Part 2 - Interview with Dave Birss
January 14, 2010
A while back I read a blog post that really got me thinking. Written way back in 2007, by Dave Birss. The post explained Dave’s thinking on the evolving Agency model and generally what he thought on the Traditional Agency V Digital Agency debate. To save time you can read the original post in full here, but in a nutshell, Dave’s forward thinking on what he thought the future held led me to ask him a few more questions.
For those of you who don’t know, Dave is Head of Digital Creative at OgilvyOne and Creative Head of the Ogilvy Digital Lab (an innovation division within the agency). He’s been agency side for over 15 years with a long list of top agencies – Poke and MRM to name just two. Listen hard and listen well.
Every agency under the sun seems to claim to ‘get digital’ at the moment – what are your thoughts on this?
I think that ‘getting digital’ is a bit of a red herring. What surprises me is how many agencies don’t ‘get people’. The old way of doing advertising was simply about finding an interesting way of communicating a client’s message. That worked in a broadcast culture. But things aren’t like that now. It’s not about digital technology – it’s how digital technology has changed people’s behaviour and expectations.
It’s easier for consumers to have their voice heard. It’s easier to find out the opinions of people who’ve used a product. It’s easier to share information with your friends. The agencies that truly ‘get people’ will be coming up with the most effective ideas. Bad ones will be creating work that gets ignored.
The post you wrote back in 2007 described three distinct approaches a digital agency could take in order to survive the future – do you still agree with this now?
My opinion hasn’t changed too much. But if I was to write that piece again today, I’m sure it would be pretty different. I’ve got a whole new swarm of bees in my bonnet!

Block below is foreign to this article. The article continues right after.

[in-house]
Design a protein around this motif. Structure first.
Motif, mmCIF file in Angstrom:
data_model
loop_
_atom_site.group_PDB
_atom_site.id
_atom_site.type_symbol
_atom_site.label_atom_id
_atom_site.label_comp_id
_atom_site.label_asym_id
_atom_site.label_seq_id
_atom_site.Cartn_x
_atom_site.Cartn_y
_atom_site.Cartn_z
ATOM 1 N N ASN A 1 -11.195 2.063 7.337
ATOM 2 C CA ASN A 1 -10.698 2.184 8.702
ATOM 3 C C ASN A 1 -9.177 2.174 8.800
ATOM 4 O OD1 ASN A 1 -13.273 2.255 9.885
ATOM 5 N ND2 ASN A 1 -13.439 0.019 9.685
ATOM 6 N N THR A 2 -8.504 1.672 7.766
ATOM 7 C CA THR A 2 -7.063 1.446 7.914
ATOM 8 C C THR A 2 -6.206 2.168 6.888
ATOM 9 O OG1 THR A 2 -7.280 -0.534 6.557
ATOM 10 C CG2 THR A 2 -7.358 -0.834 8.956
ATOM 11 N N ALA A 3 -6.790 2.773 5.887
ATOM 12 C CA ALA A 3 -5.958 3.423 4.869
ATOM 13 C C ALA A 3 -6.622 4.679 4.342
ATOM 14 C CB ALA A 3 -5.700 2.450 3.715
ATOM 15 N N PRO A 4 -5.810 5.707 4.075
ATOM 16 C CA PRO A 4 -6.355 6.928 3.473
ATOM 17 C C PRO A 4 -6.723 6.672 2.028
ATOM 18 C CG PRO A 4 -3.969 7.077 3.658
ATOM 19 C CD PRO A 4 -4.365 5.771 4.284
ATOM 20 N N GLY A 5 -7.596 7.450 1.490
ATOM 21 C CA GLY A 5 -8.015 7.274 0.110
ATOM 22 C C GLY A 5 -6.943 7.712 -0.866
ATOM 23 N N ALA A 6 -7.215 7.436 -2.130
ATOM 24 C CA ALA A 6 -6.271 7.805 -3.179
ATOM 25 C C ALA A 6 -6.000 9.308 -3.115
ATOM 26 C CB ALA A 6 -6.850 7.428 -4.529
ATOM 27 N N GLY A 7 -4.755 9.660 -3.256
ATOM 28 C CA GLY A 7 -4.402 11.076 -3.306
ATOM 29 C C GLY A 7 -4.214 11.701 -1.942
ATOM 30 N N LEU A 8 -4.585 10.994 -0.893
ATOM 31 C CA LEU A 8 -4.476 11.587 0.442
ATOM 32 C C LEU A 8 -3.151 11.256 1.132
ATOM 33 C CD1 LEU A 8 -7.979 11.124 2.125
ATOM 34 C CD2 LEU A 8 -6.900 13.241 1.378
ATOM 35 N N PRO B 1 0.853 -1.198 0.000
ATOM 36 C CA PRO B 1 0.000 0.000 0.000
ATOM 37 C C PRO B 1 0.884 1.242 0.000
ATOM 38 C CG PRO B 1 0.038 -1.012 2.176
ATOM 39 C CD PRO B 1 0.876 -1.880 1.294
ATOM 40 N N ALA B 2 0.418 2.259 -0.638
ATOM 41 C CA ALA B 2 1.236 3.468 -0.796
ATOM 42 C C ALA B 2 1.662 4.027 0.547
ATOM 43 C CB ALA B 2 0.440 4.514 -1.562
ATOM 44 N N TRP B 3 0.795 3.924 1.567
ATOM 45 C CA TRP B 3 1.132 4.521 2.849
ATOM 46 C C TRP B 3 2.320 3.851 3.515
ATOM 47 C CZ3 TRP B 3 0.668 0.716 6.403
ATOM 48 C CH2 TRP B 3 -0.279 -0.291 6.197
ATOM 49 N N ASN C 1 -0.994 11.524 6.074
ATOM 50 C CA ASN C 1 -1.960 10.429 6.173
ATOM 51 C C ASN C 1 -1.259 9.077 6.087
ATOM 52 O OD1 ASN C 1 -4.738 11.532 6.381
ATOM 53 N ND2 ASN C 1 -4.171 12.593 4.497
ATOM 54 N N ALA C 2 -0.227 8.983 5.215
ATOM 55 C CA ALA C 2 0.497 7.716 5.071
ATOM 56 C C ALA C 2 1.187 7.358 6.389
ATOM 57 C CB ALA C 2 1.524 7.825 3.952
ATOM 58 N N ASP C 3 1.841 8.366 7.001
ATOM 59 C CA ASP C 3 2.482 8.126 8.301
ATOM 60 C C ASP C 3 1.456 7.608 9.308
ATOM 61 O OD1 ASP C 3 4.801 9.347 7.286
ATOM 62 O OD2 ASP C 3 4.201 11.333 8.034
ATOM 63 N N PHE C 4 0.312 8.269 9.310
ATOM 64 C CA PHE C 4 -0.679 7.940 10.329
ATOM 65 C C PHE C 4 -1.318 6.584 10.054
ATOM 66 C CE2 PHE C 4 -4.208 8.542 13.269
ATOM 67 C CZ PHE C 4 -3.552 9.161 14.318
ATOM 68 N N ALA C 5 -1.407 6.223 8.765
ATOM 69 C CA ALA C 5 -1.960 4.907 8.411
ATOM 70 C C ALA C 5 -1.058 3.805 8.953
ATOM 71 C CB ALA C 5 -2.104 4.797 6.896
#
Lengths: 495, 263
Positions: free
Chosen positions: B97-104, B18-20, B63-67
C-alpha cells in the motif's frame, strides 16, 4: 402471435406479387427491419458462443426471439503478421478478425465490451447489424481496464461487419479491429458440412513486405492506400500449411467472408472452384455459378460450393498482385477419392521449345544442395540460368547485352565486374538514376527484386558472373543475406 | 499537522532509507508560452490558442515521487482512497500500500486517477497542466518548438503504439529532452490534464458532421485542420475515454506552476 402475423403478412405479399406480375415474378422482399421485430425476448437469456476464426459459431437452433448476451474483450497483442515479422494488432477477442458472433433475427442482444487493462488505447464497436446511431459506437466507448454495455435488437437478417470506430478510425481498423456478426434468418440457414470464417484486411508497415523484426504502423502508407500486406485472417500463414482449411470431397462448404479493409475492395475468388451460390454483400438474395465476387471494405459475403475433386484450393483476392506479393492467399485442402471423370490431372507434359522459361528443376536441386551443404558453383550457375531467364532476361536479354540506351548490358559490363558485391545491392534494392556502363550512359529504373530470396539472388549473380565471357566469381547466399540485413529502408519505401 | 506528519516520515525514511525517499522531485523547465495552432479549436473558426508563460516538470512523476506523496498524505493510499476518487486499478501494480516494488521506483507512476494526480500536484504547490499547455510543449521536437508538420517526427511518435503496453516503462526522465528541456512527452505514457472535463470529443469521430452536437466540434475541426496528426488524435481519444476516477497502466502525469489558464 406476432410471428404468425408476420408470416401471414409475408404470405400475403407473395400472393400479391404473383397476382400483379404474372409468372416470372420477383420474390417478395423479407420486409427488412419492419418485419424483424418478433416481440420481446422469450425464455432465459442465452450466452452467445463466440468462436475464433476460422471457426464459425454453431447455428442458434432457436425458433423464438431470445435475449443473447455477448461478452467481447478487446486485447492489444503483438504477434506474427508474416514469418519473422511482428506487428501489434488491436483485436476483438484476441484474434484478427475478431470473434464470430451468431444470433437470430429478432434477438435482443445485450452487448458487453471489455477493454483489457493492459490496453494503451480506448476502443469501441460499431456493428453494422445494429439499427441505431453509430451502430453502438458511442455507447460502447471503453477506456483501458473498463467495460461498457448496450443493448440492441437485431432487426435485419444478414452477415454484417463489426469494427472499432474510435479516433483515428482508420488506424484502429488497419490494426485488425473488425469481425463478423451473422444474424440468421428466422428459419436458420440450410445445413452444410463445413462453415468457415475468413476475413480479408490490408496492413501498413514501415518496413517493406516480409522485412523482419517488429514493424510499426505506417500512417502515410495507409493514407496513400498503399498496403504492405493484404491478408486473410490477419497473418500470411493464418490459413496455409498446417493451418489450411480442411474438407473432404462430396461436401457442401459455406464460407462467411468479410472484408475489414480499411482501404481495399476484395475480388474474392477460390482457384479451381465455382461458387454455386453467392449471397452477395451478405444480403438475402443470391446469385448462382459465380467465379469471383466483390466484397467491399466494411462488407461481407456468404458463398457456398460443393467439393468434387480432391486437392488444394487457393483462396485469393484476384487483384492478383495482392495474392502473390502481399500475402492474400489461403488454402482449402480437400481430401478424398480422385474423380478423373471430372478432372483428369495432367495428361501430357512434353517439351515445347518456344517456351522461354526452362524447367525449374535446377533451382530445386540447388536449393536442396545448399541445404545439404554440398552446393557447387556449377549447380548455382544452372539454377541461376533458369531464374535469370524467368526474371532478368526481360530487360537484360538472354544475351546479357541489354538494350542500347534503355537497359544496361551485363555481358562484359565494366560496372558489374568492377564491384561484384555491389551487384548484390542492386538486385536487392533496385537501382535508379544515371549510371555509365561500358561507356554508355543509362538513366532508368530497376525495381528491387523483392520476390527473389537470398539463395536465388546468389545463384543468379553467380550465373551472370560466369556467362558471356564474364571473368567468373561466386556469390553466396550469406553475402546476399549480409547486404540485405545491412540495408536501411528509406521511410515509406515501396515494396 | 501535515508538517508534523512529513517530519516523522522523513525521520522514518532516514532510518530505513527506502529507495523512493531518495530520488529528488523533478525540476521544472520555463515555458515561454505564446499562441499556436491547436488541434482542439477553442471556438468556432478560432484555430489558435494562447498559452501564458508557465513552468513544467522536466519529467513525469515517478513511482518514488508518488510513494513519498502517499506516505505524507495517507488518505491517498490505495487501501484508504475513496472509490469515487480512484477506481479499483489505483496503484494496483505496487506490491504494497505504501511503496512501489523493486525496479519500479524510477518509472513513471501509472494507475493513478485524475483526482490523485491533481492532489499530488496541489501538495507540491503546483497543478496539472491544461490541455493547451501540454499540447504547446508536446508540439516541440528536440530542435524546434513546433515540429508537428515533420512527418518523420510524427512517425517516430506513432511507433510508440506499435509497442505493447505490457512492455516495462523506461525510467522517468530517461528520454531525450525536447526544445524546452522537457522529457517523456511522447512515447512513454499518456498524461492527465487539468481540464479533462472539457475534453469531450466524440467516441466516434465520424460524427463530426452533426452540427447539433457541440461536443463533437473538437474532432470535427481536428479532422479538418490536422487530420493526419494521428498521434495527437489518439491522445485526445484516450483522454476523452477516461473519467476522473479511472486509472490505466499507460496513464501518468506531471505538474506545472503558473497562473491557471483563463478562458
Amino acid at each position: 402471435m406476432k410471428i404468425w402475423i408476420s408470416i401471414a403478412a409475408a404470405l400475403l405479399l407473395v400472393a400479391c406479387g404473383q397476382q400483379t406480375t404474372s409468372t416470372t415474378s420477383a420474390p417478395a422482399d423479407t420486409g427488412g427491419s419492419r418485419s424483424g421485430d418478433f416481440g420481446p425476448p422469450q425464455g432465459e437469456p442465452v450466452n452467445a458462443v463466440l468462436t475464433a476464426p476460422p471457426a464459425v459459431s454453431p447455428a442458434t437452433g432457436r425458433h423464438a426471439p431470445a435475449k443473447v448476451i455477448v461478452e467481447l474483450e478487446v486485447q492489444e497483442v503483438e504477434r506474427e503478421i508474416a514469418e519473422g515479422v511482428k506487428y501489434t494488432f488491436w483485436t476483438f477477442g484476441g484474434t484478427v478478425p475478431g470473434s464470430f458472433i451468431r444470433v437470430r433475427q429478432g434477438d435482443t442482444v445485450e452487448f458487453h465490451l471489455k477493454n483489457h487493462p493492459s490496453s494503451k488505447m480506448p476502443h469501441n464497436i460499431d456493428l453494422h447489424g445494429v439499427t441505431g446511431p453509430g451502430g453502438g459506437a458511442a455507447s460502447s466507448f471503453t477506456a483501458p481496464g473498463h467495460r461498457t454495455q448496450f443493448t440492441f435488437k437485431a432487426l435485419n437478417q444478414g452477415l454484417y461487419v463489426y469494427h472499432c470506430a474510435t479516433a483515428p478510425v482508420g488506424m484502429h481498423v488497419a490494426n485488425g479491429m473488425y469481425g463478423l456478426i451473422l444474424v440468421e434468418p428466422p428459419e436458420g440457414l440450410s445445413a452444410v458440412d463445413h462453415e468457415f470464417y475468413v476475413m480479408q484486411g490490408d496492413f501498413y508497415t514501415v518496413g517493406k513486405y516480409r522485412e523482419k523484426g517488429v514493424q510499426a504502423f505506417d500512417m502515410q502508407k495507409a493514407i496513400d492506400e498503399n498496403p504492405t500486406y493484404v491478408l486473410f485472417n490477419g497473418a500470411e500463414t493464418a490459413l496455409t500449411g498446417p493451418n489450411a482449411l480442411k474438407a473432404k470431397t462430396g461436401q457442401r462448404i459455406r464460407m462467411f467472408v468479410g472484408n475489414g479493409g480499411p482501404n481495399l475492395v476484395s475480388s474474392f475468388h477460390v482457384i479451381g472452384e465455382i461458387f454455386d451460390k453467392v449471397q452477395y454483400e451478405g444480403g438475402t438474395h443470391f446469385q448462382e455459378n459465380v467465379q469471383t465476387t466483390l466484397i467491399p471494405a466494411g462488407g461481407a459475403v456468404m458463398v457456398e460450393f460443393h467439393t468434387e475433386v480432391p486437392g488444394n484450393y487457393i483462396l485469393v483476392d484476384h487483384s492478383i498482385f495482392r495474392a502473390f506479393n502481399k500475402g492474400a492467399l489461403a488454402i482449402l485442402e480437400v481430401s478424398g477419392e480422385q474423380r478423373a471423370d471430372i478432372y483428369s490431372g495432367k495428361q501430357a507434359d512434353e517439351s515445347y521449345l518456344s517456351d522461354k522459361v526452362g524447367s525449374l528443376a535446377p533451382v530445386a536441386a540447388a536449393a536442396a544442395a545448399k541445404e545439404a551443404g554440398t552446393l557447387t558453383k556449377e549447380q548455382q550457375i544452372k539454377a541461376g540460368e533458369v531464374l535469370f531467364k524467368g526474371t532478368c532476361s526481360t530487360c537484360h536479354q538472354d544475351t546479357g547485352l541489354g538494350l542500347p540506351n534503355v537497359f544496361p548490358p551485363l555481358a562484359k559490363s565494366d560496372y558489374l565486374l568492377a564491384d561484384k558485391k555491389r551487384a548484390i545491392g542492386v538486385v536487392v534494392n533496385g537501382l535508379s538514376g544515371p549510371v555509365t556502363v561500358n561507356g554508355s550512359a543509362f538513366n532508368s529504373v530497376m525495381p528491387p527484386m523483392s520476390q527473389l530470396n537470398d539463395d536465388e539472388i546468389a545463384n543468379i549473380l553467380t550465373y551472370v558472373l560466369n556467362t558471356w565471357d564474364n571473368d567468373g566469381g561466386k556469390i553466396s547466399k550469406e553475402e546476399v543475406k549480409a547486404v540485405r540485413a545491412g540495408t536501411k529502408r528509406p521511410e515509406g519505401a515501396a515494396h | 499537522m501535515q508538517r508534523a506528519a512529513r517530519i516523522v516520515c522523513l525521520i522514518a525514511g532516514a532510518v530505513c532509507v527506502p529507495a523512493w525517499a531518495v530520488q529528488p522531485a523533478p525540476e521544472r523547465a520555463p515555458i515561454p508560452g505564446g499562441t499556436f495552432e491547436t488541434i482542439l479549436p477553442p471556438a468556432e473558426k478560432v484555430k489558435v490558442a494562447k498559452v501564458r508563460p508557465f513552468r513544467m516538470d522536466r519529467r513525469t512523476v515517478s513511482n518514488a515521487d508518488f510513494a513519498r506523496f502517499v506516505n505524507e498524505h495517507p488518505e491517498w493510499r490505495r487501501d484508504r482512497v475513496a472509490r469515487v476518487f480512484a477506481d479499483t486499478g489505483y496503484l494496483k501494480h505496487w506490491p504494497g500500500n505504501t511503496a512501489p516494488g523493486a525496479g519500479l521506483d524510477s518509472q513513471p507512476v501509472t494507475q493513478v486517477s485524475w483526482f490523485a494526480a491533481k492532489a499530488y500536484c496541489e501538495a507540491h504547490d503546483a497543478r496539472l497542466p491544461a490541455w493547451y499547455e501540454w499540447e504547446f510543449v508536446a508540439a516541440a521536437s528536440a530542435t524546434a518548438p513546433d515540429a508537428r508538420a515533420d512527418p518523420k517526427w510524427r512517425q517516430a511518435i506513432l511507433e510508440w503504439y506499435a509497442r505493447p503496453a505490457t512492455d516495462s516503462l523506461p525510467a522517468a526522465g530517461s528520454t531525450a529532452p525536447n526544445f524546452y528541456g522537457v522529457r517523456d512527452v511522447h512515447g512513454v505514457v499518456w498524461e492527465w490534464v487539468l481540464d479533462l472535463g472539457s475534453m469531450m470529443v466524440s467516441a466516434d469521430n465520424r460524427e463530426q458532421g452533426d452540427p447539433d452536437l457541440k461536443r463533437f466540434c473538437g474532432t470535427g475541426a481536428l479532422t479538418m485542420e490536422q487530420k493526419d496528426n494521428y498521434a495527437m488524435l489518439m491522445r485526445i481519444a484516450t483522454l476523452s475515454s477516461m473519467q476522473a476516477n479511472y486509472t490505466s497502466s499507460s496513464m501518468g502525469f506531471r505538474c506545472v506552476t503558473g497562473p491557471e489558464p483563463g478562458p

To be honest, ad agencies haven’t adopted digital quite as well as I thought they would. I suppose the economic downturn is one reason for that as they’ve been concentrating on just staying afloat. But I still think a lot of them continue to suffer from ostrich syndrome, thinking the world will at some point start loving TV ads again like they did in the 80s. Good luck to them!
– I’ll post more on this interview later in the month.
Part 1 - Interview with Dave Birss
December 22, 2009
A few weeks back I was lucky enough to listen to a true pro, Andrew Robertson, talk about his time in the advertising industry. As well as some first-class tips on account handling and career planning, his advice to anyone working agency-side is worth sharing. This guy knows his stuff.
- On gaining clients respect…You can only expect your client to respect you and your agency if you ensure you know more than them. It’s a bit blunt – but 100% true. This point really proves why we need to have our fingers firmly on the pulse of emerging technologies.
- On client relationships…Love your client – they are real people after all, and they will respond to you better if they feel you are genuinely passionate about their business. Is this obvious? Too many times I have heard ‘I’m doing a boring project for a public sector client’. Being excited about your work will only shine through if there is a real spark for wanting to produce something great.
- On Innovation…The most difficult thing is to find ‘something’ that is genuinely useful to people. On demand TV, Facebook, the iphone – all things that are genuinely useful and improve our daily lives in some way – keeping this top of mind when producing digital output is paramount. Always ask the question ‘Why am I doing this and what value will it add?’.
- On developing a successful career path…Always try and take the opportunity to change your perspective. Whether that be working in a different country, a different agency or even working client side for a while.
- On Consumer behaviour…Despite the changing environment and introduction of everything ‘digital’, consumers still operate in the same way. Understand this in relation to your clients industry or sector and you will be able to apply these principles to every aspect of your strategic thinking.
- More on Innovation…Identify new trends and react to them fast. More applicable than ever to the digital industry; if you’re not first, your competition will be.
Tips From the Top